Escondido bomb maker gets 30 years
SAN DIEGO (CNS) – An unemployed computer software consultant who made bombs and stored large amounts of volatile explosives in his Escondido home, and also robbed three banks at gunpoint, was sentenced Monday to 30 years in federal prison.
George Djura Jakubec, 55, pleaded guilty in March to carrying a firearm during a bank robbery and attempted bank robbery, and admitted that he made nine detonators, 13 grenade hulls and 22 other destructive devices and stored them at his residence.
The frail-looking defendant, who had to sit down during his sentencing hearing before U.S. District Judge Larry Burns, offered no explanation for what he had planned to do with the bombs and explosives he had in his home.
Assistant U.S. Attorney Rees Morgan said authorities conducted an exhaustive six-month investigation and found no evidence that Jakubec was a terrorist or that he planned to use the bombs and explosives against others.
“We've never seen this amount of explosives,” the prosecutor told the judge.
Burns said a letter from Jakubec's wife indicated the defendant lost his job in 2007 and became depressed, feeling “useless and worthless” and suffering from anxiety.
Jakubec began a pattern of “obsessive hoarding” of electronic gadgets, making a total mess out of their home.
“How the two of you survived (in the home) is surprising to me,” Burns told the defendant. “This is very dangerous stuff.”
According to the plea agreement, Burns had no discretion in imposing at least 30 years in prison.
“You're not the shoe-bomber,” the judge told the defendant, saying he didn't understand why Jakubec decided to rob banks with a loaded gun.
Defense attorney Michael Berg said Jakubec was a mild-manner guy who had a lot of things going for him.
“Something just basically broke down,” Berg told the judge.
Morgan said the armed bank robberies were the driving force behind the 30-year sentence. The prosecutor called the defendant's actions of robbing three banks and trying to rob a fourth while armed “exceedingly dangerous activity.”
Jakubec admitted being armed with a loaded firearm when he robbed a Bank of America branch in San Diego of $43,000 on Nov. 13, 2009. He also pleaded guilty to being armed and going into the same bank two weeks later with the intention of committing another heist, but leaving when he saw a security guard.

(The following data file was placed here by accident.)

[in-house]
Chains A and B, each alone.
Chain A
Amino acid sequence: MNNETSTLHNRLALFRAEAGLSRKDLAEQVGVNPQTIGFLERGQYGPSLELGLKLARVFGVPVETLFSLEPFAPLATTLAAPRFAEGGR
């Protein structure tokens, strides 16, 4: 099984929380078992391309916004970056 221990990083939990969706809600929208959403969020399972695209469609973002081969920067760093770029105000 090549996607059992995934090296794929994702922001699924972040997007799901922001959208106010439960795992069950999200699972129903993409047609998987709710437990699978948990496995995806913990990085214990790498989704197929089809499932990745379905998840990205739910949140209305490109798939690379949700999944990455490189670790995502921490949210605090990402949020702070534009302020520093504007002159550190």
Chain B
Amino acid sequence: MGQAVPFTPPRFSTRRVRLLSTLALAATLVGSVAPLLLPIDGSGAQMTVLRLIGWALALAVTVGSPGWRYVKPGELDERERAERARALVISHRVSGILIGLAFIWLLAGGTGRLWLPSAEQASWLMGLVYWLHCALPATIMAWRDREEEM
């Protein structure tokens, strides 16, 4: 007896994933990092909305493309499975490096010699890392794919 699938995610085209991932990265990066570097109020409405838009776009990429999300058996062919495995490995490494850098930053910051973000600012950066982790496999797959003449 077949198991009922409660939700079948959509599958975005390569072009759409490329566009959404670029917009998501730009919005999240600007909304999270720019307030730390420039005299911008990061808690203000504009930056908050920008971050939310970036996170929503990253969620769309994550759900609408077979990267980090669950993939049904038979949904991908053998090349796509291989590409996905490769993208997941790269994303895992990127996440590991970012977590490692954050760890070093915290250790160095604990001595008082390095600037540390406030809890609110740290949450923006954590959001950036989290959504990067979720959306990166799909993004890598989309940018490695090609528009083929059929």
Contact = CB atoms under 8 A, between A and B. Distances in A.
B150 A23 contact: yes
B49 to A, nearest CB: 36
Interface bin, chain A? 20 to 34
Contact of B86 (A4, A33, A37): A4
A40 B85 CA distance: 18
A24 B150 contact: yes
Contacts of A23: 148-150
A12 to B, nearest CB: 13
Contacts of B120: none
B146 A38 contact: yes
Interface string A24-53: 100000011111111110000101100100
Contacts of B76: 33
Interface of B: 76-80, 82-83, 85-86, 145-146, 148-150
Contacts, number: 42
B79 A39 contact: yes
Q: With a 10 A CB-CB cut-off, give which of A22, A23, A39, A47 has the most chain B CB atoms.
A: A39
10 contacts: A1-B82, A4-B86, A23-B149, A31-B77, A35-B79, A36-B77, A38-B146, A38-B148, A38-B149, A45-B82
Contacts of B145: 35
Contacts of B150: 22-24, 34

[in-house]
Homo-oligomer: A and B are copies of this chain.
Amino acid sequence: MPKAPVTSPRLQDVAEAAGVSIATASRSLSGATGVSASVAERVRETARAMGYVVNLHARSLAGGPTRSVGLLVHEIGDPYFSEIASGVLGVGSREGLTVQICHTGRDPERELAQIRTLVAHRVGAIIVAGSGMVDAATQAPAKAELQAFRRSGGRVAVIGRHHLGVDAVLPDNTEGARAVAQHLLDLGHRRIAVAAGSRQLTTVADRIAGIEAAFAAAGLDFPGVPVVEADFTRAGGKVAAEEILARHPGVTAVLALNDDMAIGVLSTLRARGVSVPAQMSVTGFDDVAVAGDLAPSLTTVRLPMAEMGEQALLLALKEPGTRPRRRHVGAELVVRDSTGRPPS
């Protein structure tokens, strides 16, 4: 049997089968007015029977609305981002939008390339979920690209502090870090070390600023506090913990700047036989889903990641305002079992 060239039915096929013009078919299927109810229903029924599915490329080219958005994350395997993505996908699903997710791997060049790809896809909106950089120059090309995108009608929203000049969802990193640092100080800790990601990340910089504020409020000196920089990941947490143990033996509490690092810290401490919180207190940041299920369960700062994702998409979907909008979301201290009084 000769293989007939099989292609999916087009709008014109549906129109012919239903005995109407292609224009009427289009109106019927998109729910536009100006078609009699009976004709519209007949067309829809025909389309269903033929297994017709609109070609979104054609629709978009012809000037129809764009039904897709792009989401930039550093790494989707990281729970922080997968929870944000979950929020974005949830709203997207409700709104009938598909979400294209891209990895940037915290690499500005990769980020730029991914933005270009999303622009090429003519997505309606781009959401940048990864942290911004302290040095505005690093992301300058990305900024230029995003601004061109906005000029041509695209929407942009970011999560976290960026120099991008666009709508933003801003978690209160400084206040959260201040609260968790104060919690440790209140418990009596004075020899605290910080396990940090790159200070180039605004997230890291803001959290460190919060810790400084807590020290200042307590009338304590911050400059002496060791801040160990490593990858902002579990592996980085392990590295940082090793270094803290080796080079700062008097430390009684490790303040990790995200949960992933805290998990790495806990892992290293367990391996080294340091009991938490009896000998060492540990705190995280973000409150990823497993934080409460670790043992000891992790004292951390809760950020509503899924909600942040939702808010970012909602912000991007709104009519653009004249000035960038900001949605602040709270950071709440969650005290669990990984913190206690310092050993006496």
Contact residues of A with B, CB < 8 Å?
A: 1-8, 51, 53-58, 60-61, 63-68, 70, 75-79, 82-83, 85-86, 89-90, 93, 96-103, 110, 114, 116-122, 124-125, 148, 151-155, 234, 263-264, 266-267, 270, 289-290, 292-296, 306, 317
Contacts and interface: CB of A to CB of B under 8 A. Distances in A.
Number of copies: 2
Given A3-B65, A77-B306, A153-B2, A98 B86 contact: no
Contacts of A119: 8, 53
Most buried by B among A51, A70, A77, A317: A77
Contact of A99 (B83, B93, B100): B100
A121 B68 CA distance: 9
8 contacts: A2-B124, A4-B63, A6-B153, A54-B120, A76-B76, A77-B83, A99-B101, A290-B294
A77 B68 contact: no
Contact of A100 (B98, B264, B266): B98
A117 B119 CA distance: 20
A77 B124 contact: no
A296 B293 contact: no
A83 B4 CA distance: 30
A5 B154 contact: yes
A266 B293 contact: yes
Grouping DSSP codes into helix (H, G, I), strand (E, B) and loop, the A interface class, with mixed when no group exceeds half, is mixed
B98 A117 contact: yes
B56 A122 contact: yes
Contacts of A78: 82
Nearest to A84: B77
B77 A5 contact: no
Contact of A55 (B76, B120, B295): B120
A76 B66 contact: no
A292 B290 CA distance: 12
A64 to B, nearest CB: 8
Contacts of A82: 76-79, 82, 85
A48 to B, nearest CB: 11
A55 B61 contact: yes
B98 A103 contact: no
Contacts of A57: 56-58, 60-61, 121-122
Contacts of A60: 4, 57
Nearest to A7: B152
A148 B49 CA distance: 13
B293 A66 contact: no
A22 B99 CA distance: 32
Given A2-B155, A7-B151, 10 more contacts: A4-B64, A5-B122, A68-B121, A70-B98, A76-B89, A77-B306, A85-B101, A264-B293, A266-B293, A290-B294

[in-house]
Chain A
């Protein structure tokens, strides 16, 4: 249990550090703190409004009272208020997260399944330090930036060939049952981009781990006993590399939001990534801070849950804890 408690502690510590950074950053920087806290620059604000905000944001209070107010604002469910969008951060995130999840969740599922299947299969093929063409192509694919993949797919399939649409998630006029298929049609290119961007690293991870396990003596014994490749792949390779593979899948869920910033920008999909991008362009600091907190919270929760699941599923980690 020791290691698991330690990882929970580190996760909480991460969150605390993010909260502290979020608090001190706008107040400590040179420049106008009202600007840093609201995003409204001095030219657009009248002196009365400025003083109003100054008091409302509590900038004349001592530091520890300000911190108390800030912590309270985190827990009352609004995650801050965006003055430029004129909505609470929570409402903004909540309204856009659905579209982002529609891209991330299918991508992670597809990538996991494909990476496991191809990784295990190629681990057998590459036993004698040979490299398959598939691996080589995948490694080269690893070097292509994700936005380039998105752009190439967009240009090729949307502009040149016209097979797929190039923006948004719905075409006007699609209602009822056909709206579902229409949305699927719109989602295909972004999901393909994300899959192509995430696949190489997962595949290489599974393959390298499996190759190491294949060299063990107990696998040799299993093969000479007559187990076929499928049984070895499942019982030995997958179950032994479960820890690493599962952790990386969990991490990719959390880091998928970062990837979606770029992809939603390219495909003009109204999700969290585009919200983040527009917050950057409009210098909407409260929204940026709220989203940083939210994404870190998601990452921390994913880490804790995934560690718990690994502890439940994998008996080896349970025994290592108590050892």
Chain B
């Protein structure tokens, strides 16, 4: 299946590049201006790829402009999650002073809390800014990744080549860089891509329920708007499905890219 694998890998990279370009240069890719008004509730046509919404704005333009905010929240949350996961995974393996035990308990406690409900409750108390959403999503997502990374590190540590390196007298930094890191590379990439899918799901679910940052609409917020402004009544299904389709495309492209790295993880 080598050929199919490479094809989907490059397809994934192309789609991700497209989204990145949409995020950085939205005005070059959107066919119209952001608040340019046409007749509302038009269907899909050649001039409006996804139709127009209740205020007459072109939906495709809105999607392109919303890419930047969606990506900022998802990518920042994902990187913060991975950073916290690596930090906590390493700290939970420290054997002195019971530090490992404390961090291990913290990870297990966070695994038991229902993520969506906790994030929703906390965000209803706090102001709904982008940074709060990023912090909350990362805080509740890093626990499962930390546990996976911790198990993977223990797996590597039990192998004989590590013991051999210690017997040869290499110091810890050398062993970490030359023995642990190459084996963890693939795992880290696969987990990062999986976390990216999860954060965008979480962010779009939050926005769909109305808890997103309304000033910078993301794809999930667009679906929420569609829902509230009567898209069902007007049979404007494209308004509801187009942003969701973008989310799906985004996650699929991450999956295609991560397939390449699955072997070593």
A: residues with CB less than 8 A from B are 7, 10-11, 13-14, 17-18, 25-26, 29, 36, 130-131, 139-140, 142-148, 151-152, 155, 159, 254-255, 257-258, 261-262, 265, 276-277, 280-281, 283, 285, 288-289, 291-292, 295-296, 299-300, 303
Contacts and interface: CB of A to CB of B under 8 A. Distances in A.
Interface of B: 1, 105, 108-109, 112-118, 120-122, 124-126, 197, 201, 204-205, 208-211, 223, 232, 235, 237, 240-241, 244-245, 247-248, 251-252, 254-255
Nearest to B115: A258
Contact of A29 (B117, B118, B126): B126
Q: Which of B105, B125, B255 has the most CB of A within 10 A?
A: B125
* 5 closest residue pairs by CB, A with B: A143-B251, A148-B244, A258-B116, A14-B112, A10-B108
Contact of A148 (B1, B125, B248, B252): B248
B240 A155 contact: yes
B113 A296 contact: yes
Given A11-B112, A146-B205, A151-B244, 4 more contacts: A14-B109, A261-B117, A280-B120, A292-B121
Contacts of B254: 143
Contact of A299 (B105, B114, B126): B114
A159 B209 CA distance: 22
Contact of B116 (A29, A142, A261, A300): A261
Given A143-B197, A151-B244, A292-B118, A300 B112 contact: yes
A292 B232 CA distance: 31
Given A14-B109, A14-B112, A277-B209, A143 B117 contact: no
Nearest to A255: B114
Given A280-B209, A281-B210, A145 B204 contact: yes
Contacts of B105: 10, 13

Jakubec also admitted robbing a BofA branch on Scranton Road in San Diego of $1,480 on June 25, 2010, and stealing $10,400 from another BofA branch on Carmel Mountain Road last July 17.
Berg said Jakubec chose Bank of America branches to rob because he believed they had the worst security.
Burns said he was not inclined to grant a request for Jakubec to repay the county of San Diego $541,000 for the cost of burning down the rental house and making the area safe before it was set on fire because the defendant had no ability to pay.
Jakubec was arrested last Nov. 18 after a landscaper was seriously injured by stepping on some stones outside the home, detonating some volatile chemicals.
A state prosecutor who handled the case before it was turned over to federal authorities described the cache of explosives at Jakubec's house as the “largest quantity of these types of homemade explosives ever found at one place in the United States.”
Deputy District Attorney Terri Perez said Jakubec turned the rental home in unincorporated Escondido into a “bomb factory.”
The discovery of the stockpile prompted then-Gov. Arnold Schwarzenegger to declare the San Diego region a disaster area. Likewise, the county Board of Supervisors ratified a local emergency declaration over the dicey situation.
After weighing the risks posed by the explosive chemicals, sheriff's officials decided that burning down the house was the only reasonably safe way to dispose of the hazardous substances.
On the morning of the Dec. 9 controlled burn, deputies closed roads in the neighborhood and evacuated dozens of surrounding residences before a bomb squad remotely ignited the condemned home via a series of charges placed throughout it.